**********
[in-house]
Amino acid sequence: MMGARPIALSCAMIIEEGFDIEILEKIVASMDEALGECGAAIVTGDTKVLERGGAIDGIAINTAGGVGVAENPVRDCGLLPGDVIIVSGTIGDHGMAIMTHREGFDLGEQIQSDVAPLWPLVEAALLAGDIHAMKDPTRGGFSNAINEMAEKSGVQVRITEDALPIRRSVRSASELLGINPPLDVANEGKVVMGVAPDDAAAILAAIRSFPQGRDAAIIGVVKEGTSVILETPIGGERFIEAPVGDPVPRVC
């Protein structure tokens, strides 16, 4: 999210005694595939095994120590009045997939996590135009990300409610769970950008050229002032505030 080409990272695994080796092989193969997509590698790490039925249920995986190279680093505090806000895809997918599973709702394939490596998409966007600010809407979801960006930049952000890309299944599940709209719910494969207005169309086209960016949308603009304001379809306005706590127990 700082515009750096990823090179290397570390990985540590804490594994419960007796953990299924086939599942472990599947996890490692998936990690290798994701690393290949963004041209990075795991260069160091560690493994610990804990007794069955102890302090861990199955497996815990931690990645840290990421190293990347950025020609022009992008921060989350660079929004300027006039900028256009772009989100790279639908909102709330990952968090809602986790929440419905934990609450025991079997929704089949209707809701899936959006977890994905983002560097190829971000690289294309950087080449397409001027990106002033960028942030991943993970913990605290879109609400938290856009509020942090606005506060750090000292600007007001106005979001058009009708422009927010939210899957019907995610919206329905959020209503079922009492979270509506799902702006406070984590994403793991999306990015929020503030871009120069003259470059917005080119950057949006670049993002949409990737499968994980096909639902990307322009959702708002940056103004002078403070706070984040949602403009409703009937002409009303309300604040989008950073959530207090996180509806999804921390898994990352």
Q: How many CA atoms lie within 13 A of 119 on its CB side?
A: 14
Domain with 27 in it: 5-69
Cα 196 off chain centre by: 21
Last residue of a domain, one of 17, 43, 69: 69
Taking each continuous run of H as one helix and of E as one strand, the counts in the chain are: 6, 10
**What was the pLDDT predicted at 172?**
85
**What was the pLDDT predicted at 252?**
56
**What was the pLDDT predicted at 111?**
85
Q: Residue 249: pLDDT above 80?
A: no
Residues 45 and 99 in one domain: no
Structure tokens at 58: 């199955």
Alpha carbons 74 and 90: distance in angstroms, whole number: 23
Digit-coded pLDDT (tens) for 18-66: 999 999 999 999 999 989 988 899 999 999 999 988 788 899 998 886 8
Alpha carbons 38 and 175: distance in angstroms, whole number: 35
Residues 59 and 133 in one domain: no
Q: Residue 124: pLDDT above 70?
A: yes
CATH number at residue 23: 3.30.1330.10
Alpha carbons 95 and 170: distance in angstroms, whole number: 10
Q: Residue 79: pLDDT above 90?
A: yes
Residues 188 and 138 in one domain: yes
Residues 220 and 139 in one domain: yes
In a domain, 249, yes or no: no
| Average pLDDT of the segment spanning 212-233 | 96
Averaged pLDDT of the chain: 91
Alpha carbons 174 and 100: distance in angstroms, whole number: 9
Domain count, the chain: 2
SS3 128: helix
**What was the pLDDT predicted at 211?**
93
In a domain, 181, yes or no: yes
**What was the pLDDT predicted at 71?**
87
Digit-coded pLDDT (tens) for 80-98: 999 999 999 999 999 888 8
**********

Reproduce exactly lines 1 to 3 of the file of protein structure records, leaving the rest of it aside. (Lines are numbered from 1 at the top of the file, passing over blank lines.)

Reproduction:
[in-house]
Amino acid sequence: MMGARPIALSCAMIIEEGFDIEILEKIVASMDEALGECGAAIVTGDTKVLERGGAIDGIAINTAGGVGVAENPVRDCGLLPGDVIIVSGTIGDHGMAIMTHREGFDLGEQIQSDVAPLWPLVEAALLAGDIHAMKDPTRGGFSNAINEMAEKSGVQVRITEDALPIRRSVRSASELLGINPPLDVANEGKVVMGVAPDDAAAILAAIRSFPQGRDAAIIGVVKEGTSVILETPIGGERFIEAPVGDPVPRVC
């Protein structure tokens, strides 16, 4: 999210005694595939095994120590009045997939996590135009990300409610769970950008050229002032505030 080409990272695994080796092989193969997509590698790490039925249920995986190279680093505090806000895809997918599973709702394939490596998409966007600010809407979801960006930049952000890309299944599940709209719910494969207005169309086209960016949308603009304001379809306005706590127990 700082515009750096990823090179290397570390990985540590804490594994419960007796953990299924086939599942472990599947996890490692998936990690290798994701690393290949963004041209990075795991260069160091560690493994610990804990007794069955102890302090861990199955497996815990931690990645840290990421190293990347950025020609022009992008921060989350660079929004300027006039900028256009772009989100790279639908909102709330990952968090809602986790929440419905934990609450025991079997929704089949209707809701899936959006977890994905983002560097190829971000690289294309950087080449397409001027990106002033960028942030991943993970913990605290879109609400938290856009509020942090606005506060750090000292600007007001106005979001058009009708422009927010939210899957019907995610919206329905959020209503079922009492979270509506799902702006406070984590994403793991999306990015929020503030871009120069003259470059917005080119950057949006670049993002949409990737499968994980096909639902990307322009959702708002940056103004002078403070706070984040949602403009409703009937002409009303309300604040989008950073959530207090996180509806999804921390898994990352």